Australians Are Flocking in Droves to Wellington

In the three years to 2015, the number of Australians moving to Wellington has spiked by 86 per cent, and the flow of expatriates last year reversed direction for the first time in more than two decades, Dana McCauley writes for

There are now more Aussies moving to New Zealand than vice versa, many of them lured by start-ups offering pay cheques that stretch a lot further than they would in Sydney or Melbourne.

Wellington’s average salary is $82,000, which goes a long way in a city where the median house price sits at just $550,000.

Among them is Dan Ferguson, 40, who moved to Wellington from Sydney six months ago after being poached by eBay rival Trade Me, an ASX 200 company that’s one of New Zealand’s biggest success stories.

“When you arrive somewhere that you can live incredibly close to work in a place that has water views for at least half the price of what you’ve expect in Sydney, it’s game changing.”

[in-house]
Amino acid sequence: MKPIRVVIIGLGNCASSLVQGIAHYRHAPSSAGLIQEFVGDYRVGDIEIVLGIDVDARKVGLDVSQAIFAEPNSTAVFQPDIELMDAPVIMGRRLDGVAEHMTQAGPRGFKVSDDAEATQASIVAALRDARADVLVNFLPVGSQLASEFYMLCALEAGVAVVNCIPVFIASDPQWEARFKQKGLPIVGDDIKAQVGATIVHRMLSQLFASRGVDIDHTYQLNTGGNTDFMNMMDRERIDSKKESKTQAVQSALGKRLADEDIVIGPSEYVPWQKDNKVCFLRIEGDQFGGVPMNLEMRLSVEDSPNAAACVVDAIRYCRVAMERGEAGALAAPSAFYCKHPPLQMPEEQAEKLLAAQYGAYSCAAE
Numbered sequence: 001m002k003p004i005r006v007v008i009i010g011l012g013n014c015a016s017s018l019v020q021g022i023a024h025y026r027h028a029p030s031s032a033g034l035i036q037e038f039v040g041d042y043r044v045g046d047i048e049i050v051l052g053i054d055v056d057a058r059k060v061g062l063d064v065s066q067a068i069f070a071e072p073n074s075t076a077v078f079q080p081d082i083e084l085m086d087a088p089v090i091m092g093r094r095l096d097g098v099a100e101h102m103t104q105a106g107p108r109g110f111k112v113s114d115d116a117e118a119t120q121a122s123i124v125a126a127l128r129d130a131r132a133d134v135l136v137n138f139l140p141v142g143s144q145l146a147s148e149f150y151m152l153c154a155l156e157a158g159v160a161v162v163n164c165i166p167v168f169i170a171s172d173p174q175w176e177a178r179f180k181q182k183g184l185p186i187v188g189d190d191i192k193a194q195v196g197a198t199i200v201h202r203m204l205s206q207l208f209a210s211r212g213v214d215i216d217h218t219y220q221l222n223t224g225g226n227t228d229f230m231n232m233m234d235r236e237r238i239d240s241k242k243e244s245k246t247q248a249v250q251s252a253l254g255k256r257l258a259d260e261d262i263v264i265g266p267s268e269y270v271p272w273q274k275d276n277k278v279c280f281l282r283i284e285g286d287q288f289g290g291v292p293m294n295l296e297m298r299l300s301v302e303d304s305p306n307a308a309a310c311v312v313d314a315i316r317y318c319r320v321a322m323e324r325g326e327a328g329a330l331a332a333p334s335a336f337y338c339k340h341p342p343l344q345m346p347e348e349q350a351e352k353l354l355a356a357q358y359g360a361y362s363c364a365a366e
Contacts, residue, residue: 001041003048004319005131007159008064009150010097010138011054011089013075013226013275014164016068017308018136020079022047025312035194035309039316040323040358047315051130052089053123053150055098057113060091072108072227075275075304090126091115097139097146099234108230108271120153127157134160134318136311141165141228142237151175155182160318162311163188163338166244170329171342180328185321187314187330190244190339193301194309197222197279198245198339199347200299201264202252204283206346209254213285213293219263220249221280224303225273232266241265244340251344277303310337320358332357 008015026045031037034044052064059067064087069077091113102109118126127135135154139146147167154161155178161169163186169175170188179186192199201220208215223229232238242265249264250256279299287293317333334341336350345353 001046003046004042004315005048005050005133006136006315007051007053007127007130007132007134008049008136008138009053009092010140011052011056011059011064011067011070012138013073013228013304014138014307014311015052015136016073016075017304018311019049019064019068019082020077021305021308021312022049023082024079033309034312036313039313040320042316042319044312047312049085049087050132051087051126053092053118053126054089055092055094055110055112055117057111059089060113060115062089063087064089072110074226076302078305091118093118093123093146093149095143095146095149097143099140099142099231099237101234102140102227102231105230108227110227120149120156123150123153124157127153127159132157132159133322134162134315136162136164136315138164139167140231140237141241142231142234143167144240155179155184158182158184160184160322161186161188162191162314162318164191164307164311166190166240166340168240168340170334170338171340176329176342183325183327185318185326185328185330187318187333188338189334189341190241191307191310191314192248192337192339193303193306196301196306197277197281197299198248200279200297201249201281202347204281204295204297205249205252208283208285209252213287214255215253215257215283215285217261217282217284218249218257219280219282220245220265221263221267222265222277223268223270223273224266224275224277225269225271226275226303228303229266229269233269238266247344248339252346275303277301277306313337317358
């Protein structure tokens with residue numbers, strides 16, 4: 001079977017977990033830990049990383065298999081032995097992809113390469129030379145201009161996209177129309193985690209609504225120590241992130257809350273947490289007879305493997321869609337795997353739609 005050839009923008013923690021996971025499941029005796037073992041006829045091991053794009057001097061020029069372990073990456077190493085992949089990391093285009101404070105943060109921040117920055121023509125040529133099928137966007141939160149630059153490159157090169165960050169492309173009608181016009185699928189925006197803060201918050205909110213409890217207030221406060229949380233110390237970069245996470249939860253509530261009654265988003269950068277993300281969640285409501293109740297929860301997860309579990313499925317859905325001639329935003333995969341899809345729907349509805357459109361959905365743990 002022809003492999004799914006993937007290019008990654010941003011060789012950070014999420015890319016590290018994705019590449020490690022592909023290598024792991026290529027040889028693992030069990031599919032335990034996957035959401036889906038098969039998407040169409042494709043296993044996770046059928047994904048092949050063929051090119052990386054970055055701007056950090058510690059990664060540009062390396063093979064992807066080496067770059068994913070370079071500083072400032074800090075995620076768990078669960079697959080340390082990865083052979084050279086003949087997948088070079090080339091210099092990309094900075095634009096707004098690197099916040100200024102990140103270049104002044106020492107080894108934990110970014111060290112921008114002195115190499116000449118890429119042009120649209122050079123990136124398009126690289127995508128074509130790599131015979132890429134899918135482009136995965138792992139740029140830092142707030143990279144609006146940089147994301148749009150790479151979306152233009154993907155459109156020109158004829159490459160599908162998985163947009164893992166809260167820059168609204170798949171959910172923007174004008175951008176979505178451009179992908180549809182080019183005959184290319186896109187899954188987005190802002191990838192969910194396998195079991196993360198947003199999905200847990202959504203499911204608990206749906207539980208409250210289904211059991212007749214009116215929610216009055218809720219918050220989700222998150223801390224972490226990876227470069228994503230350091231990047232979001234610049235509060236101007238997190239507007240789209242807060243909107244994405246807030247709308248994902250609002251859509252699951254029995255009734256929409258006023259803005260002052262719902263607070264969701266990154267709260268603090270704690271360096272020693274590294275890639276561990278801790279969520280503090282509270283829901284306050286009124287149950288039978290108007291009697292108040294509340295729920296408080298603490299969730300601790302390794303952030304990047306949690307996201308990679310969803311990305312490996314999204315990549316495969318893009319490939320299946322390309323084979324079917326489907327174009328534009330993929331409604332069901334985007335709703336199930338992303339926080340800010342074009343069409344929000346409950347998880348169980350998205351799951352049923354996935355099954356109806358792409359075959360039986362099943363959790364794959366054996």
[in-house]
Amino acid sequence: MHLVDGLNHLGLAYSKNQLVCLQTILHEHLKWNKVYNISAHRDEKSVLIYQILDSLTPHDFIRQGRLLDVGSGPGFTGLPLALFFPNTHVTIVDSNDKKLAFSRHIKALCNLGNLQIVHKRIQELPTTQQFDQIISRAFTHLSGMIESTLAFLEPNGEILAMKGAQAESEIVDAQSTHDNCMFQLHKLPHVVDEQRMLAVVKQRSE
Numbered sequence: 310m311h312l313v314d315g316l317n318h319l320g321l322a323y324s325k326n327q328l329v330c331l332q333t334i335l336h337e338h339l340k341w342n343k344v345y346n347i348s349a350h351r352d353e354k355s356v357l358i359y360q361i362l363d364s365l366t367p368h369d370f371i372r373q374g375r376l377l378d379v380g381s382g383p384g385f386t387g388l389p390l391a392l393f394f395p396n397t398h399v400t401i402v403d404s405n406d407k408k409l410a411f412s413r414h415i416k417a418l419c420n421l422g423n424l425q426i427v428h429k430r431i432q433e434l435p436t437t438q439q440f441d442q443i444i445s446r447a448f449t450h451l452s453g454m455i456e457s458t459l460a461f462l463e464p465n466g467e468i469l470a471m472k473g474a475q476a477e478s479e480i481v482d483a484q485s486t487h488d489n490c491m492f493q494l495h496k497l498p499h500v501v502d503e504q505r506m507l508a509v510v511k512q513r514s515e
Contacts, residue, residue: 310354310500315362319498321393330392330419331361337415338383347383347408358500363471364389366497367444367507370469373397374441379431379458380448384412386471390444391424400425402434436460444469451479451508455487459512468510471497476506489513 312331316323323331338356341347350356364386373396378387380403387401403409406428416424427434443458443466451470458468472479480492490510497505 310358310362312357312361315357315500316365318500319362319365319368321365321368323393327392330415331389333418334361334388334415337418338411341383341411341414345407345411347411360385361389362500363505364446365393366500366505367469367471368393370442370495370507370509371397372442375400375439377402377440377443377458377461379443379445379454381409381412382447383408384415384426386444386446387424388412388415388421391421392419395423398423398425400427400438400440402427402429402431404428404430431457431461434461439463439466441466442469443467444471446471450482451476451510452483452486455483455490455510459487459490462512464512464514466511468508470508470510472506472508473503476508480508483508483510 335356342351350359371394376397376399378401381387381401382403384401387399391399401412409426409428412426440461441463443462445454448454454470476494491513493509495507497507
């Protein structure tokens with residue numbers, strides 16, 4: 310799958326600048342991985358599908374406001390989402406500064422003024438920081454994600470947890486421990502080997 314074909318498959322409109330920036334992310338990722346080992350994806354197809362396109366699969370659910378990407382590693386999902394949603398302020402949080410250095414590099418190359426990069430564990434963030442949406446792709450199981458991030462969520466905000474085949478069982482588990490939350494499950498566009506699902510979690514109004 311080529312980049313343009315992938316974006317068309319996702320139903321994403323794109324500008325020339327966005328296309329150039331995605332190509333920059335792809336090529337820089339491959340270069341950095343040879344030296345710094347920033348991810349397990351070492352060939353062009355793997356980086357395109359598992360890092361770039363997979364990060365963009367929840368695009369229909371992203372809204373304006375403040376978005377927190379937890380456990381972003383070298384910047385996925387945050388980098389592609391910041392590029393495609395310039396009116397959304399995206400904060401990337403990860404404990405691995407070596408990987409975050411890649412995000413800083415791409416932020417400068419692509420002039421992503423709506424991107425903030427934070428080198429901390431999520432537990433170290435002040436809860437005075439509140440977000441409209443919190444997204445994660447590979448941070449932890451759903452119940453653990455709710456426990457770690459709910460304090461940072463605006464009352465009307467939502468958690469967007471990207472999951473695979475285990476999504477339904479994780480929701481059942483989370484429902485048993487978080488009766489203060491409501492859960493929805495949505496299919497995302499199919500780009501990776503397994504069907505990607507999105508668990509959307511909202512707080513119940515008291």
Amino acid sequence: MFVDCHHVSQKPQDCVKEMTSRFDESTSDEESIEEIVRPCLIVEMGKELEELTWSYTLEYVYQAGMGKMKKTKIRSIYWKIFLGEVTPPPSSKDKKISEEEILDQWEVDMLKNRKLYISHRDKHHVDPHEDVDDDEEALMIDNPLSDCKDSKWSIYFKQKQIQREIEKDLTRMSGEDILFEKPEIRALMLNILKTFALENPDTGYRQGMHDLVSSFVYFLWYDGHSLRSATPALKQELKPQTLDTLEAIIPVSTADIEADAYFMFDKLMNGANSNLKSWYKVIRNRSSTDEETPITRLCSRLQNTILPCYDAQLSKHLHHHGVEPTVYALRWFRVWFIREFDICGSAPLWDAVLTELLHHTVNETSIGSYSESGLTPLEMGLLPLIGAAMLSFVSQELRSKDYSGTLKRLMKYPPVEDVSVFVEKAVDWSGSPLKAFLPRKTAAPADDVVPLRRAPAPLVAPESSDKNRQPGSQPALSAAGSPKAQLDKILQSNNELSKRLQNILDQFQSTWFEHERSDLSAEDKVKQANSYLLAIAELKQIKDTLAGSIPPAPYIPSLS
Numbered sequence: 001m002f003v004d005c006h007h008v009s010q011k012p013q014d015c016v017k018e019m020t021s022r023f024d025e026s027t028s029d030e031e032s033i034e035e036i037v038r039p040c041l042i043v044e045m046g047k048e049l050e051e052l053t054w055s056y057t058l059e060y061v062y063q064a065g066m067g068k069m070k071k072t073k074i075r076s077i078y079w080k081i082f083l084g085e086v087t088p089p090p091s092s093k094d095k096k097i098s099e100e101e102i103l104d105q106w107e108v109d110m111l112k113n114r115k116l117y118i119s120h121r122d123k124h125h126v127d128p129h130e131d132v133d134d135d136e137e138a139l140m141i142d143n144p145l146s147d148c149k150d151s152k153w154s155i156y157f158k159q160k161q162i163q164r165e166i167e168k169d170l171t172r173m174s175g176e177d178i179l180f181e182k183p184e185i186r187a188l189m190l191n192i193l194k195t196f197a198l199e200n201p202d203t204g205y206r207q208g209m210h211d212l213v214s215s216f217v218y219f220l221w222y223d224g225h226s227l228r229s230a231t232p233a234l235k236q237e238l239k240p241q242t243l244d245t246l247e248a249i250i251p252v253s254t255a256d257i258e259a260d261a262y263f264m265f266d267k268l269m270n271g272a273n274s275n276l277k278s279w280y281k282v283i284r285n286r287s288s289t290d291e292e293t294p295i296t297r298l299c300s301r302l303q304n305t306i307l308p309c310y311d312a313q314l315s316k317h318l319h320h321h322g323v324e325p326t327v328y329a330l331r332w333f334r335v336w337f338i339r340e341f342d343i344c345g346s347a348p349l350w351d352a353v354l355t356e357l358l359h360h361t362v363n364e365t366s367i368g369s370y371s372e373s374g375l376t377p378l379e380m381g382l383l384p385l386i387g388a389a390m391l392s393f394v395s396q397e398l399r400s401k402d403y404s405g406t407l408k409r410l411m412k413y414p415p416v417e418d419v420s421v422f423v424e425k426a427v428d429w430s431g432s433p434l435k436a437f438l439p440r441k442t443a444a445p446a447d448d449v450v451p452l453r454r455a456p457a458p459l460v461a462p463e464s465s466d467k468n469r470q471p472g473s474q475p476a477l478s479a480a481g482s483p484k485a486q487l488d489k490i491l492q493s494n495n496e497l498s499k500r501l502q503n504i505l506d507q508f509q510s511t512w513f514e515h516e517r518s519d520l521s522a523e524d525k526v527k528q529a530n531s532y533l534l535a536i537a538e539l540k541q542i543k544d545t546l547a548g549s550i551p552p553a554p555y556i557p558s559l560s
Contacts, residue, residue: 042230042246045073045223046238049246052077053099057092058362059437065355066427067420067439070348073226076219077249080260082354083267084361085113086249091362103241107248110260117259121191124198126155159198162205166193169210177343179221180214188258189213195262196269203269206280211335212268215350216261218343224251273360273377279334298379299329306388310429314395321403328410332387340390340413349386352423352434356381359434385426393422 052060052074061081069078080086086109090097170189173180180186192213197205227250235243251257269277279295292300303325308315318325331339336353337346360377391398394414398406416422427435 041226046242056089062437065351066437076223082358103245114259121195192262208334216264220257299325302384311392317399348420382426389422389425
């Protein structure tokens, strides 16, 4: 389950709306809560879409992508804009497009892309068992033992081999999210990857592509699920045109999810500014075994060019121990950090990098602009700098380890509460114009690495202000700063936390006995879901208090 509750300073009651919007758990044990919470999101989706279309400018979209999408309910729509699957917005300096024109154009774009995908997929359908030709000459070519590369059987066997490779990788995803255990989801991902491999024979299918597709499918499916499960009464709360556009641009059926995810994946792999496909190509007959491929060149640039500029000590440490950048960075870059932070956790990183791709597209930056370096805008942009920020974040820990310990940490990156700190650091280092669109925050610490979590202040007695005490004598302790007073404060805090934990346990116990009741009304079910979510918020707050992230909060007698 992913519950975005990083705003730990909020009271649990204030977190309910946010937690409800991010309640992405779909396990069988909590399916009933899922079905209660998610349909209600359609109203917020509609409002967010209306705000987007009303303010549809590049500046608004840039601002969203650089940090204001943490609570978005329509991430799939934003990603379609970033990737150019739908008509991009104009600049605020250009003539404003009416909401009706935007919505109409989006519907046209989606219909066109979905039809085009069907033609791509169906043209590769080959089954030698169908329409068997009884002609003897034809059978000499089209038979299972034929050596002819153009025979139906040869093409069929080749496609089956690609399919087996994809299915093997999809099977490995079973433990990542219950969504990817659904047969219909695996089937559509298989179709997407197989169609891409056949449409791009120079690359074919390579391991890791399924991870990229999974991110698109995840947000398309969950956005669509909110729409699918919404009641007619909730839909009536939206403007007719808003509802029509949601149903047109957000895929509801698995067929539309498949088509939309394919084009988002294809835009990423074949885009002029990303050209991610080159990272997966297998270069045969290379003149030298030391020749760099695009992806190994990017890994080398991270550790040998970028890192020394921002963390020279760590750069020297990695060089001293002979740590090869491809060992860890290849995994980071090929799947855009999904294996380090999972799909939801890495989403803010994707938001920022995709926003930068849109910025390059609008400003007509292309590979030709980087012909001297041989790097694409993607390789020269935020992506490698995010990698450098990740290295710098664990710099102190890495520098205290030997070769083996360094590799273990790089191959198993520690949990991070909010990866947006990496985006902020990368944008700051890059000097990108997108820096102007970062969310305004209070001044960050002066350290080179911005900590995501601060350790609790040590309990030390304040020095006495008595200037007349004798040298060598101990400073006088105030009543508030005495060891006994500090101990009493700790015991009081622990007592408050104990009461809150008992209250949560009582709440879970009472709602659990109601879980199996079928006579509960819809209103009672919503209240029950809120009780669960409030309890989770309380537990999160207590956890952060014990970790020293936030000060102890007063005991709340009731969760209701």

While Australian Prime Minister Malcolm Turnbull talks up innovation, jobs and growth, the New Zealand Government has been luring entrepreneurs with co-working spaces and publicly funded business incubators like Lightening Lab, a four-month program that helps new companies grow.

There’s no payroll tax or capital gains tax, companies pay just 28 per cent and the top personal tax rate is 33 per cent.

It’s all part of the drive to grow exports to 40 per cent of New Zealand’s GDP by 2025, moving away from reliance on primary industries like meat, dairy and wool farming.

And it’s working, with 54 NZ companies featured on Deloitte’s Fast 500 Asia Pacific list last year, 13 of them in Wellington.

By comparison, Australia – with a population more than five times New Zealand’s 4.4 million – had 80 companies on the list.

Original article by Dana McCauley,, July 2, 2016.

Tags:  Wellington  

Unique Prehistoric Dolphin Discovered

Unique Prehistoric Dolphin Discovered

A prehistoric dolphin newly discovered in the Hakataramea Valley in South Canterbury appears to have had a unique method for catching its prey, Evrim Yazgin writes for Cosmos magazine. Aureia rerehua was…